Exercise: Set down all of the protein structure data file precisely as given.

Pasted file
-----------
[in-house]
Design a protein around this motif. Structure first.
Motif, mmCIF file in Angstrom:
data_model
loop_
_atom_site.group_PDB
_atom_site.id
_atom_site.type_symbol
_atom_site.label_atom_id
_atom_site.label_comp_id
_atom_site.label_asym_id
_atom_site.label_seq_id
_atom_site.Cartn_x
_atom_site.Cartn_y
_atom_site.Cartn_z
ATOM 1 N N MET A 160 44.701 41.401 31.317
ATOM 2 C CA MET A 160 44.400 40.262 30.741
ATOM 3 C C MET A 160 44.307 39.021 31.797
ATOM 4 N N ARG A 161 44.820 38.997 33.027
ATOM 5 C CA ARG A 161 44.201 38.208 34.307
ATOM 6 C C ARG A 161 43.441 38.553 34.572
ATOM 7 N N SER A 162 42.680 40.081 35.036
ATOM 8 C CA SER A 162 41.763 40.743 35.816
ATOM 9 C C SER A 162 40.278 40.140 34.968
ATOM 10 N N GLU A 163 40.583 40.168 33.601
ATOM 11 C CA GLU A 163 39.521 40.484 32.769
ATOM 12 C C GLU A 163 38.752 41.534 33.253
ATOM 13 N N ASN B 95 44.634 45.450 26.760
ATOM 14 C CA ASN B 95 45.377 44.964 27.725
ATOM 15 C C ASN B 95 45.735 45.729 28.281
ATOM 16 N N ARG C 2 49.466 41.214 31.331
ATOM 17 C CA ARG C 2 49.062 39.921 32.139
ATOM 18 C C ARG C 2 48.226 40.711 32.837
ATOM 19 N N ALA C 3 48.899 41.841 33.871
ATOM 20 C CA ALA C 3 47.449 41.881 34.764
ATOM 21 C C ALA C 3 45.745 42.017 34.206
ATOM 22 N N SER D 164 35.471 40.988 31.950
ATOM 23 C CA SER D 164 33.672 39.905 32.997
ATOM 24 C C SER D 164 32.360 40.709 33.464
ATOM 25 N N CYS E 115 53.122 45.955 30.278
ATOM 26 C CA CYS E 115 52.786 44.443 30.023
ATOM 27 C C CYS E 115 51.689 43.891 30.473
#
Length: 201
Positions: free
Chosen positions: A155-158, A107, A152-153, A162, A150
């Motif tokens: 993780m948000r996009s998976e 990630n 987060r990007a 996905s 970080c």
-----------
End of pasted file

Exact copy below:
[in-house]
Design a protein around this motif. Structure first.
Motif, mmCIF file in Angstrom:
data_model
loop_
_atom_site.group_PDB
_atom_site.id
_atom_site.type_symbol
_atom_site.label_atom_id
_atom_site.label_comp_id
_atom_site.label_asym_id
_atom_site.label_seq_id
_atom_site.Cartn_x
_atom_site.Cartn_y
_atom_site.Cartn_z
ATOM 1 N N MET A 160 44.701 41.401 31.317
ATOM 2 C CA MET A 160 44.400 40.262 30.741
ATOM 3 C C MET A 160 44.307 39.021 31.797
ATOM 4 N N ARG A 161 44.820 38.997 33.027
ATOM 5 C CA ARG A 161 44.201 38.208 34.307
ATOM 6 C C ARG A 161 43.441 38.553 34.572
ATOM 7 N N SER A 162 42.680 40.081 35.036
ATOM 8 C CA SER A 162 41.763 40.743 35.816
ATOM 9 C C SER A 162 40.278 40.140 34.968
ATOM 10 N N GLU A 163 40.583 40.168 33.601
ATOM 11 C CA GLU A 163 39.521 40.484 32.769
ATOM 12 C C GLU A 163 38.752 41.534 33.253
ATOM 13 N N ASN B 95 44.634 45.450 26.760
ATOM 14 C CA ASN B 95 45.377 44.964 27.725
ATOM 15 C C ASN B 95 45.735 45.729 28.281
ATOM 16 N N ARG C 2 49.466 41.214 31.331
ATOM 17 C CA ARG C 2 49.062 39.921 32.139
ATOM 18 C C ARG C 2 48.226 40.711 32.837
ATOM 19 N N ALA C 3 48.899 41.841 33.871
ATOM 20 C CA ALA C 3 47.449 41.881 34.764
ATOM 21 C C ALA C 3 45.745 42.017 34.206
ATOM 22 N N SER D 164 35.471 40.988 31.950
ATOM 23 C CA SER D 164 33.672 39.905 32.997
ATOM 24 C C SER D 164 32.360 40.709 33.464
ATOM 25 N N CYS E 115 53.122 45.955 30.278
ATOM 26 C CA CYS E 115 52.786 44.443 30.023
ATOM 27 C C CYS E 115 51.689 43.891 30.473
#
Length: 201
Positions: free
Chosen positions: A155-158, A107, A152-153, A162, A150
């Motif tokens: 993780m948000r996009s998976e 990630n 987060r990007a 996905s 970080c």